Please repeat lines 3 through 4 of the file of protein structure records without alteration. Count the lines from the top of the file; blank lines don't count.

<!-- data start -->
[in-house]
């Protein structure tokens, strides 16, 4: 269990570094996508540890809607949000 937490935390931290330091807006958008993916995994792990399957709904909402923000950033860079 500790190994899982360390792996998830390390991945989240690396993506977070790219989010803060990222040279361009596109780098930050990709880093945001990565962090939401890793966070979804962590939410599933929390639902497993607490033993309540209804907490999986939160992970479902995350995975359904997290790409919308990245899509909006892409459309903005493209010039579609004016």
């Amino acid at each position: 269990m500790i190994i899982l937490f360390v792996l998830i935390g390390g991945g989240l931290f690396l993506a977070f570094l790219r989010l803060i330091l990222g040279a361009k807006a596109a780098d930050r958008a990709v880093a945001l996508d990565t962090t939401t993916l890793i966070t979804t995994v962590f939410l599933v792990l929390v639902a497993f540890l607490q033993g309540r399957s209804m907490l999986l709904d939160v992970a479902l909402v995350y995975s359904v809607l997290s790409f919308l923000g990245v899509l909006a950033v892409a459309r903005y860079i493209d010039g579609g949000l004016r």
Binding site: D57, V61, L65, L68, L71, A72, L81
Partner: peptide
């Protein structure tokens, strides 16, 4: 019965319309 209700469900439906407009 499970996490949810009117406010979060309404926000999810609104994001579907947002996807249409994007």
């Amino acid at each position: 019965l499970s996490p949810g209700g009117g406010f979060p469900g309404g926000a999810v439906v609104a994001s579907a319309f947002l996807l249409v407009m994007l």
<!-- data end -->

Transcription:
């Amino acid at each position: 269990m500790i190994i899982l937490f360390v792996l998830i935390g390390g991945g989240l931290f690396l993506a977070f570094l790219r989010l803060i330091l990222g040279a361009k807006a596109a780098d930050r958008a990709v880093a945001l996508d990565t962090t939401t993916l890793i966070t979804t995994v962590f939410l599933v792990l929390v639902a497993f540890l607490q033993g309540r399957s209804m907490l999986l709904d939160v992970a479902l909402v995350y995975s359904v809607l997290s790409f919308l923000g990245v899509l909006a950033v892409a459309r903005y860079i493209d010039g579609g949000l004016r």
Binding site: D57, V61, L65, L68, L71, A72, L81